And beyond all the strange sights is the strange world of money. The cost of things here and there and the exchange rates of currencies from different countries seems like a game of monopoly, or a gambling game that has no explanation. For example, from Reykjavik it’s faster and cheaper to fly to Manchester 1000 miles away than drive to Akureryi 235 miles away. A return ticket on the Liverpool subway is £1.80 but a one way is £1.75. Carlsberg is cheaper than a local beer in England, and Tuborg is cheaper than a local beer in Montenegro, when Carlsberg and Tuborg both come from one of the most expensive countries in the world, Denmark.

In Serbia and around, bottles of wine are more commonly in 1L bottles, and get capped with a beer tap instead of a cork. You can eat a whole meal for €1 but a coca cola might cost you €1.60. In the Balkans, a carton of cigarettes might cost 15 euros on the street, but cost 35 euros taxless in the airport duty-free… ? The taxi ride to a bus station or airport might cost you more than the bus ticket or even the flight, with Ryanair, Easy Jet and Wizzair all serving the Balkans with flights starting at £15.

But, without all these idiosyncrasies, traveling wouldn’t be traveling, since it’s the weird and crazy, nonsensical things that make it fun, challenging, and different than sitting at home. So bring on the circus, I’m sure they have space for another clown.

Happy Valentine´s Day

A Copy of my Guide to Iceland Valentine´s Day post:

Today is a day for love and lovers, to share St. Valentine’s joy and all the cheesy romance one can possibly handle.

St. Valentines day is not really a big deal in Reykjavik, but at least a few lucky souls will be getting red roses or boxes of chocolates today. It’s a beautiful sunny day so maybe you’ll meet someone cute at the pool or walking their dog in the park. No one who wants to celebrate Valentines day should stay at home alone tonight, so just ask that person you’ve had your eye on for a while out on a date!

And for all you lucky people in lovely relationships – try not to rub it in to all the sensitive singles. Today’s a day when facebook, twitter, and instagram overflow with pretty pictures of flower bouquets every woman wishes she had, and all the  wall posts of how much you love your ‘baby boo’ could really be sent as a private sms instead. But for all the sensitive singles out there, don’t use social media to advertise just how single and alone you feel – it makes the happy couples feel bad to know youre at home watching the Notebook alone while cuddling your cat(s). Its also not nice to hate on Valentines day or publicly complain how stupid a holiday it is, because if youre angry and bitter on the one day a year when we’re supposed to celebrate love, then you must be a pretty grumpy person anyway and no one needs grumpy people in their lives.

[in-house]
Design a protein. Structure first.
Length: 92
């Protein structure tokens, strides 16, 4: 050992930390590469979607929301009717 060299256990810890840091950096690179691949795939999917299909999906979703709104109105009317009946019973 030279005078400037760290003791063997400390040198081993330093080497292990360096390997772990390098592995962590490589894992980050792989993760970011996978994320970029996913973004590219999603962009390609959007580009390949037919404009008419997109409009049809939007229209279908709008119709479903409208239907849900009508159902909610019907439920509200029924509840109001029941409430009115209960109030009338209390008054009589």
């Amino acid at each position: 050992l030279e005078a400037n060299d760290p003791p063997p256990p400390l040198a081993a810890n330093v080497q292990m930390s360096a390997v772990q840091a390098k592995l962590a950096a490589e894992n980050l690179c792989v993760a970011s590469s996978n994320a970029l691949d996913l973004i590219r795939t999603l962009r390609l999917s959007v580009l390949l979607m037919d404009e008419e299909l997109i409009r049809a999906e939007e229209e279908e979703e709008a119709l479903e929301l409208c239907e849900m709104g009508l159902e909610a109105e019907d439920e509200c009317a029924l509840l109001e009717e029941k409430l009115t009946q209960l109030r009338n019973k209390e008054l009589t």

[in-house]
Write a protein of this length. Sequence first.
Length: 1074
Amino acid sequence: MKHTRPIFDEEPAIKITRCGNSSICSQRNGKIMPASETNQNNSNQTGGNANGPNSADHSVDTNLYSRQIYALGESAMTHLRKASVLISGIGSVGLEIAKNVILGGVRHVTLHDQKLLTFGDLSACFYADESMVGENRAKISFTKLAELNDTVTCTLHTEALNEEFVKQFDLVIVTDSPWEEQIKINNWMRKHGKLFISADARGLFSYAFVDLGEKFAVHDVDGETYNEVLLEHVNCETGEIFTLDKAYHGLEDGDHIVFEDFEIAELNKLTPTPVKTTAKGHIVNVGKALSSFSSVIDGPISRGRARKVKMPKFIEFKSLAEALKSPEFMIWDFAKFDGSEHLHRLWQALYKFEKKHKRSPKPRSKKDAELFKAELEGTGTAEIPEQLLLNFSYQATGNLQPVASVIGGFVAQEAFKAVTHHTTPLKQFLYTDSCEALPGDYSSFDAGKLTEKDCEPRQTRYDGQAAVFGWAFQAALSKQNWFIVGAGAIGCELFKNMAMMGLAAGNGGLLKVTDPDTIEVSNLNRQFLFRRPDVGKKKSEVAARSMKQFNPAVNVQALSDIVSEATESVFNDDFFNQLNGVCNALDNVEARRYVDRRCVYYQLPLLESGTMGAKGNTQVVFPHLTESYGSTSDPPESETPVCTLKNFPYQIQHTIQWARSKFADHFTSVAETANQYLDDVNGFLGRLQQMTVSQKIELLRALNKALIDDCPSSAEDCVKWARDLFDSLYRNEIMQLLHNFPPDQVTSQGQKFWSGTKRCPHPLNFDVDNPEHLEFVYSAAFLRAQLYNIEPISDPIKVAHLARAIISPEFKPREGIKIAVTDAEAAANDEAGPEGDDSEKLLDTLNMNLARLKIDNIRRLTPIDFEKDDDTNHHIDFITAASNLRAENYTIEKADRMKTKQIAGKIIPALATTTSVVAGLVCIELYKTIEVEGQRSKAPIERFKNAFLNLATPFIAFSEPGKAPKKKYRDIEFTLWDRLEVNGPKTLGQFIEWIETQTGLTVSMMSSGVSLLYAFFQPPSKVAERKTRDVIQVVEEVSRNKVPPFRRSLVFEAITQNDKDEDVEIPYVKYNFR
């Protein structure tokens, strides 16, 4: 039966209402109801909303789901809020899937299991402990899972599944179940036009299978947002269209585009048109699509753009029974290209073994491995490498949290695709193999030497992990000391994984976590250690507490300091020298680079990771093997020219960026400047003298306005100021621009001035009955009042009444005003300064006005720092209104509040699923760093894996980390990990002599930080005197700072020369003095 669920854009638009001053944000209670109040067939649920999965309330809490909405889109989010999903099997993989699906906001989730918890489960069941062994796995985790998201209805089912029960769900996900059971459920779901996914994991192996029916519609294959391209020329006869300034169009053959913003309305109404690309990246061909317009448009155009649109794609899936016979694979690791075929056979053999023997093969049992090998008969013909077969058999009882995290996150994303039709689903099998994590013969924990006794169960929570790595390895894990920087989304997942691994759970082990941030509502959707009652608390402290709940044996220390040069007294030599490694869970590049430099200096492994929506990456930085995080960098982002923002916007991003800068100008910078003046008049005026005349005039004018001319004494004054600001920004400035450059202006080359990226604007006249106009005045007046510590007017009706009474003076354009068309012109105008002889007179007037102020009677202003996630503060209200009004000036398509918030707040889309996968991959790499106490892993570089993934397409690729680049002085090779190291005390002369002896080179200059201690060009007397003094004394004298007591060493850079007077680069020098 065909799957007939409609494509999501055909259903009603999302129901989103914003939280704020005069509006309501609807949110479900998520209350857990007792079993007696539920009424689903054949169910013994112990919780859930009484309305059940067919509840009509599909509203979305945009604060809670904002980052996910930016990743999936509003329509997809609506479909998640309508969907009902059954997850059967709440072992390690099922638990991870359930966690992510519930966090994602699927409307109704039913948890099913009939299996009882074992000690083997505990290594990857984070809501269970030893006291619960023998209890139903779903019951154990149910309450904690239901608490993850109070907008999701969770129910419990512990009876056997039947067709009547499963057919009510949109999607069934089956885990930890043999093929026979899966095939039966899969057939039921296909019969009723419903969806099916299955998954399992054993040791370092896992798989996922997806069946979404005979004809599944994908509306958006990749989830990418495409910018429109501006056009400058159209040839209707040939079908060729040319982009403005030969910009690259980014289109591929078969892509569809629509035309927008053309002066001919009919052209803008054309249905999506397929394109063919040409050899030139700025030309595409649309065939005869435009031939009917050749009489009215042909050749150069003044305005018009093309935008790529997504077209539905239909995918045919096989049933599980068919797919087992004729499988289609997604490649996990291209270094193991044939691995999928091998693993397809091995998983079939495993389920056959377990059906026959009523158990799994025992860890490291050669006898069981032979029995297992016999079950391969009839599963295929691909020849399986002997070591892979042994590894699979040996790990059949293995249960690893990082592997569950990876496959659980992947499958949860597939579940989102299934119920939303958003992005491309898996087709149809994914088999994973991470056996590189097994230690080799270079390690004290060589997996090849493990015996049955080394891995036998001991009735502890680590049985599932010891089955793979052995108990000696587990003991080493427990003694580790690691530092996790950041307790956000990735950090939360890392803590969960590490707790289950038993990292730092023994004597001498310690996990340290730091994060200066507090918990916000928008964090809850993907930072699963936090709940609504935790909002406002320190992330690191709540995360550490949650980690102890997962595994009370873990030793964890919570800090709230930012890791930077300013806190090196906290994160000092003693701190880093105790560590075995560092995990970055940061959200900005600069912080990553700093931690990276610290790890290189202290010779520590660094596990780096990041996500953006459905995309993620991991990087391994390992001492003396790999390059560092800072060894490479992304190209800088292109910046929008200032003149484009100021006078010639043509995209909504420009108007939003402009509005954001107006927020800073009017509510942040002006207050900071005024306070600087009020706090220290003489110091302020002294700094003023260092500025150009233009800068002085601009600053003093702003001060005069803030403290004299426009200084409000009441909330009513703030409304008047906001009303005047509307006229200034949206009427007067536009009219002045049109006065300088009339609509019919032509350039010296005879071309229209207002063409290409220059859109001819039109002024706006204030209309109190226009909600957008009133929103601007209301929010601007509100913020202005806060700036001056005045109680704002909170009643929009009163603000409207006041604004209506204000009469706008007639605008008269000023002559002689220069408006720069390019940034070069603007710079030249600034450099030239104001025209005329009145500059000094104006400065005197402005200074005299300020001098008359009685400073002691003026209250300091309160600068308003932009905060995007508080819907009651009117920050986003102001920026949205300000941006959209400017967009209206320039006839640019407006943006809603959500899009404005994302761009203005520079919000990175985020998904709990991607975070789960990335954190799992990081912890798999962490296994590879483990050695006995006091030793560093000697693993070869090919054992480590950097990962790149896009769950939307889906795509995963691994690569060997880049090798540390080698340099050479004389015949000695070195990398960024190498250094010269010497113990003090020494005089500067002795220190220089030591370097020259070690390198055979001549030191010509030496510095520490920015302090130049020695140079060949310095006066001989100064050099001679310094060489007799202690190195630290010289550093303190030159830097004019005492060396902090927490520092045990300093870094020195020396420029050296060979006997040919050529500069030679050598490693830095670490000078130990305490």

Just remember that Valentines day is not just for romantic love, but to celebrate the love of friends and family too. I had my first Valentines date today with the one and only man in my life – my dad. Im going on a hot date tonight with my girlfriend (clarification: a friend who is a girl, we’re not dating), and we’ll be salsa dancing at Thorvaldsen if anyone else is dateless tonight and wants to learn Salsa!

If you are wondering what to be happy about today if you don’t have a Valentines date, then you should remember: todays a day when all those handsome bachelors and independent woman can celebrate how great it is to meet new people, flirt freely, date whoever (and however many) people they like, and never have to deal with the drama of relationships. Think about how much time and money you save without a partner, and how endless the opportunities are for meeting someone beautiful here in Reykjavik (Iceland has some of the most beautiful people in the world according to various sources, with the most Miss Universes per capita than any other nation!). With the liberal nightlife scene in Iceland, you can always fill your life with romance and a healthy sex life without a boyfriend or girlfriend in Iceland, so, cheers to that!

Happy Valentine’s Day everyone!

 

The Tale of the Traveling Freewaters Sandals… coming soon!

Eli from Freewaters sent me my second ‘installment’ of sandals, from the 2013 line coming out in January, and it was a little ironic to open a box of 5 shiny new flip flops while a windstorm blew outside with -2` temperatures in Reykjavik. I realized I wouldn’t get much use out of them here, at least not now, but I have a trip coming up in December to Morocco and Portugal to look forward to. Although, I am flying with some (dreaded) cheap airlines with all sorts of carry on baggage restrictions, and doubt Ill pack all 5 pairs with me. How to choose which ones to take and which ones to leave? My goal has sort of been to get as much mileage out of each pair in as many sandal-friendly places as possible, letting each pair tell a story from the wear and tear of all my steps.

freewaters sandals

Then, I had this marvelous idea – do you remember the movie ‘The Sisterhood of the Traveling Pants,’ based on the novel by Ann Brashares? Why not have one pair of sandals travel between travelers and us correspond among eachother about where they went and what happened in them? It could be the backpackhers hood of the traveling sandals… or something like that… Im going to keep a logbook of everyone that wears them, where they go and how far they walk, until the traveler who is unlucky enough to see their last day finally buries them. Then Ill be sure to write a blog about it.

the Marigot harbour, where my Capetowns retired in February